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It was great to spend a few days with him and I enjoyed his enthusiasm for everything as well as his great thirst for knowledge which seemingly knows no bounds. He is at a stage now where he not only wants to know about something, but whether it is faster, higher, longer, or more powerful than anything else. A vicarious competitiveness for inanimate objects it seems.

Our trip was helped by the fact that, in my last job, I travelled to London on a regular basis, so we could find our way around relatively easily. What was really amazing, though, was how I got to see the familiar through Jake’s eyes and got to see London in a completely new light. For him it was like a big transport playground where he soaked up every little feature: wires in the middle of the track, cables on bridges, buttons on trains, and many many more. Yet another new perspective for me.

What I also realised was how much I had changed from the crazy London commuter always in a rush from one meeting to the next trying to save every vital second by catching that tube, even though there was another one in two minutes. Jake was not going to be rushed, and that suited me just fine: he thought the idea of people running up and down escalators was when they moved anyway was hilarious; and when you think about it…

So our two days in London was a very different experience for me, and in some ways quite a salutary one as well. They provided a benchmark for how different, and for me better, my life has become since I took redundancy; and they also provided a concentrated dose of seeing the world through a child’s eyes. I enjoyed the view!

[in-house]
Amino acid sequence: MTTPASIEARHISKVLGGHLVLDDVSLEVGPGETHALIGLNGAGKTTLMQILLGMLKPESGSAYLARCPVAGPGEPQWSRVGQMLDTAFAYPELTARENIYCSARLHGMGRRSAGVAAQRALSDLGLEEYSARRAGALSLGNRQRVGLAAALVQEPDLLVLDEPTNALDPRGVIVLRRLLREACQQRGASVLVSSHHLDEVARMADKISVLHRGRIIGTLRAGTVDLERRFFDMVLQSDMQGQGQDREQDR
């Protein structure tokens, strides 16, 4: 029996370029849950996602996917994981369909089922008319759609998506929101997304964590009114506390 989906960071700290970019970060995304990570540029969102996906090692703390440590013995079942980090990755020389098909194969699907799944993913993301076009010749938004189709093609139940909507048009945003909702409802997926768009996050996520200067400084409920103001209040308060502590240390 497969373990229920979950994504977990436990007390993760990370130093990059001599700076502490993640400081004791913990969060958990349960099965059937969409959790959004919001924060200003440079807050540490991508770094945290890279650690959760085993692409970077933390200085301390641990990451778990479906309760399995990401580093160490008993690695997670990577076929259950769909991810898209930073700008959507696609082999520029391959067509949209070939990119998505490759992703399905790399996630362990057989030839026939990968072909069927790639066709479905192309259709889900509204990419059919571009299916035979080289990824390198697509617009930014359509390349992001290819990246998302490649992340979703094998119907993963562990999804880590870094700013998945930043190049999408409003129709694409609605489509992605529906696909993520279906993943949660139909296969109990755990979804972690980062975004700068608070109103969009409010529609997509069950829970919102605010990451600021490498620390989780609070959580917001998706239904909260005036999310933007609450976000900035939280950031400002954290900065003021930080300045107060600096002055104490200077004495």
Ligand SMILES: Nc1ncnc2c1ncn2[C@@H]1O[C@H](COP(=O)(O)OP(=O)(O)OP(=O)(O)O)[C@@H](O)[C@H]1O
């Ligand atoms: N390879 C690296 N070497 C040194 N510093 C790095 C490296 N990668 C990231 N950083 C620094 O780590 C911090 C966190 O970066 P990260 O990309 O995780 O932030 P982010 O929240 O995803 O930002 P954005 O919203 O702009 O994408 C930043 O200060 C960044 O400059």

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Powerless in Yorkshire I

 

The other weekend I had the boys to myself while Karen was away. This is a situation which happens often enough as not to phase me, but not often enough as to make it unremarkable; and this time it was four days, the longest that I have had them on my own.

I was not too worried about this because I had got plenty planned out and the sun shined everyday. By the Saturday evening we had had two brilliant days and we got home in the evening tired but happy. Sam was straight into bed and asleep, and Jake wanted to watch a programme before settling down. We had only been back 15 minutes, however, when the power went off. Checking that the houses around us were still lit, I then realised that our lights were still on too (doh!) but that all the sockets were off and, when investigating further, found that I could not get them back on again.

Jake was very understanding about his programme and toddled off to bed, leaving me to wonder what to do next, and what happened next was very unexpected:

I freaked out a bit.